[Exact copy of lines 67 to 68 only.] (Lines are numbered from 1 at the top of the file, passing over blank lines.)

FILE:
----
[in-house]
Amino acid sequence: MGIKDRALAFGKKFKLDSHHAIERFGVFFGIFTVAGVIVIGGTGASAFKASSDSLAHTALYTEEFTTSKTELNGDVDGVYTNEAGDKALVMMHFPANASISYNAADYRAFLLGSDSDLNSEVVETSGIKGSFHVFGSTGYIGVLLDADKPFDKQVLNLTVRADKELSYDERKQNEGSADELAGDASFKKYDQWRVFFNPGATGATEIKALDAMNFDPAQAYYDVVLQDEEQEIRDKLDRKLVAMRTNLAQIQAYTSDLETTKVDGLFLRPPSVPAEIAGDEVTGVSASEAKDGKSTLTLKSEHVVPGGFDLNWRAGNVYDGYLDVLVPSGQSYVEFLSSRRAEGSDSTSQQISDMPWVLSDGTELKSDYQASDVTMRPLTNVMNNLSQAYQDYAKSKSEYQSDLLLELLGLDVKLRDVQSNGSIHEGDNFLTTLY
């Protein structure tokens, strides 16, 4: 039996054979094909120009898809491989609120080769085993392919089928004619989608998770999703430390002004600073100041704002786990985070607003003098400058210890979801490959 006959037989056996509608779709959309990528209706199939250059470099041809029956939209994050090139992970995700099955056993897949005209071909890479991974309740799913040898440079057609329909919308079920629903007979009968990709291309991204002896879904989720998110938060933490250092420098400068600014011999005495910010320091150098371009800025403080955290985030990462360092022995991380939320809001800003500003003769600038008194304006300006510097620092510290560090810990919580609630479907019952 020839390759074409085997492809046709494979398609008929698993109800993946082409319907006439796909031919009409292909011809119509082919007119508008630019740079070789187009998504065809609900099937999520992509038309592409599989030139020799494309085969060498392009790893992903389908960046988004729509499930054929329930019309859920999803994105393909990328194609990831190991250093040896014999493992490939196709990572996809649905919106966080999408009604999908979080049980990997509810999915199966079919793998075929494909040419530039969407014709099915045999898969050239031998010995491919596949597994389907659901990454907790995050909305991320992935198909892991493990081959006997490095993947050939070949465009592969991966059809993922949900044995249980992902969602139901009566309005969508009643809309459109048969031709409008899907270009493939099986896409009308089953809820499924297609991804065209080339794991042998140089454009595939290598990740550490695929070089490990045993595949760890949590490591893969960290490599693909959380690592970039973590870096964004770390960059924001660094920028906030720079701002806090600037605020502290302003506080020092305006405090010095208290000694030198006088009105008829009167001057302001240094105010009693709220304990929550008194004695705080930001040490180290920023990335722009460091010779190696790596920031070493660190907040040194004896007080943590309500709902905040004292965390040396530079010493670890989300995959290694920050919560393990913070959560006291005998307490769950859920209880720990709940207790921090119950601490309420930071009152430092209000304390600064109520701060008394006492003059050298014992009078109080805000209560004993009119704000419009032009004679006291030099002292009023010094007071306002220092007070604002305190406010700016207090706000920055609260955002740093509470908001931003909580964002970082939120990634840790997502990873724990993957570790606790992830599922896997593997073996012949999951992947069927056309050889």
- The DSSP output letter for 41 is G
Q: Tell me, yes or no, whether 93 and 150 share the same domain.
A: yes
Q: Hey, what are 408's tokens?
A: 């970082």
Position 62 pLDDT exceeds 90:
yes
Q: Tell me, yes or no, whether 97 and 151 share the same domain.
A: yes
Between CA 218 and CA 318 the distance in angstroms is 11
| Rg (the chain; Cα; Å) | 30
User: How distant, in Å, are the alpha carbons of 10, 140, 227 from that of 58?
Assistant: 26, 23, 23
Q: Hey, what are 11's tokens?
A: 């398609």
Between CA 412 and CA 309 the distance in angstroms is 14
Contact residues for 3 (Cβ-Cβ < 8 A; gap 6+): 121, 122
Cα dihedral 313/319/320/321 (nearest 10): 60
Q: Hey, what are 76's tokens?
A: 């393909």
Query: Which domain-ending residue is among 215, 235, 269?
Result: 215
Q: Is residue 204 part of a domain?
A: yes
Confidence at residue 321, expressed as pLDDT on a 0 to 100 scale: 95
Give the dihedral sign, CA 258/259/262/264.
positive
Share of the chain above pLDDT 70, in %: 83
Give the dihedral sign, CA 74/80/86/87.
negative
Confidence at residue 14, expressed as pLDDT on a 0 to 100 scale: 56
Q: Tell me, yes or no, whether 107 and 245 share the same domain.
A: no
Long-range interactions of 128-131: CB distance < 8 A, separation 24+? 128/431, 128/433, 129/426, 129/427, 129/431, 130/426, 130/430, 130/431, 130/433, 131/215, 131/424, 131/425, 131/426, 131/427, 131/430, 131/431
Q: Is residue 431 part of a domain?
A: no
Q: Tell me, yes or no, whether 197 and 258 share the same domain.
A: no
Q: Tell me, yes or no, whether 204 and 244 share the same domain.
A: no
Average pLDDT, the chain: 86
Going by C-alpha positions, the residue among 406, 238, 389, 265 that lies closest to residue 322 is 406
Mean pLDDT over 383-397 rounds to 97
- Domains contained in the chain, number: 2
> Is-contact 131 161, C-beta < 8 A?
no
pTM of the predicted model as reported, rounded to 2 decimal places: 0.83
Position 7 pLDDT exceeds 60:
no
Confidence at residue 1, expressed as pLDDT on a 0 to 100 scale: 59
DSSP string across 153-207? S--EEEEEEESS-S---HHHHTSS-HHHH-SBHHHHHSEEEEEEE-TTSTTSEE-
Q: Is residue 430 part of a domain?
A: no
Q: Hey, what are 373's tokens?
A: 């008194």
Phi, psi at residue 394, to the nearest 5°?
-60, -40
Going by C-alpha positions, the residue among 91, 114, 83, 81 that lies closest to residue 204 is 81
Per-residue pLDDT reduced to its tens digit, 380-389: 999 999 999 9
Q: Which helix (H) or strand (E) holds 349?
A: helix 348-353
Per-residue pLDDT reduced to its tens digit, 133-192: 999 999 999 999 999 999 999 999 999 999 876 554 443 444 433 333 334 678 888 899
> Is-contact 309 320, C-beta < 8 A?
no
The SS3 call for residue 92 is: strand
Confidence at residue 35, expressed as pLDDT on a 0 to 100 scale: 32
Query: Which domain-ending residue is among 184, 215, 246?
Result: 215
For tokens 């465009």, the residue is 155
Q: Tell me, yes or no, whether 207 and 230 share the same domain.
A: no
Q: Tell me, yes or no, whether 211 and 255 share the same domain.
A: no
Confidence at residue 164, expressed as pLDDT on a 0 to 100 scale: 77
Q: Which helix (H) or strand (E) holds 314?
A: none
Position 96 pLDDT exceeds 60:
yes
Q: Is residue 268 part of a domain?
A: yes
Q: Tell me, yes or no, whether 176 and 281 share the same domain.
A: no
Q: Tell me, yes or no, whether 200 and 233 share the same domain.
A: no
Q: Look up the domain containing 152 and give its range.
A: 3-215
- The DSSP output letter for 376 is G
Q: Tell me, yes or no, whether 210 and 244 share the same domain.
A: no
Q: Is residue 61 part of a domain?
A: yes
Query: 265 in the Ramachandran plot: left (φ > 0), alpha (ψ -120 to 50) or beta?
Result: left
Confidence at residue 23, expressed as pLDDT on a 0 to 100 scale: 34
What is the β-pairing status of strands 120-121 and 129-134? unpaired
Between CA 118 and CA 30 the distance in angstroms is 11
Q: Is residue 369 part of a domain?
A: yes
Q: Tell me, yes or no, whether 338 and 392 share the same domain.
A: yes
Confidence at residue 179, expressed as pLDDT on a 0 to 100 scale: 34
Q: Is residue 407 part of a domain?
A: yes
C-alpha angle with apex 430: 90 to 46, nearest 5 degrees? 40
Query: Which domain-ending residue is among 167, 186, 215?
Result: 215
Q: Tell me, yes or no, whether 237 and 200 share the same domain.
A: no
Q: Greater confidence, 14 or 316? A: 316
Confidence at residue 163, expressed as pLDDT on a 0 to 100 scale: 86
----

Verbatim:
no
The SS3 call for residue 92 is: strand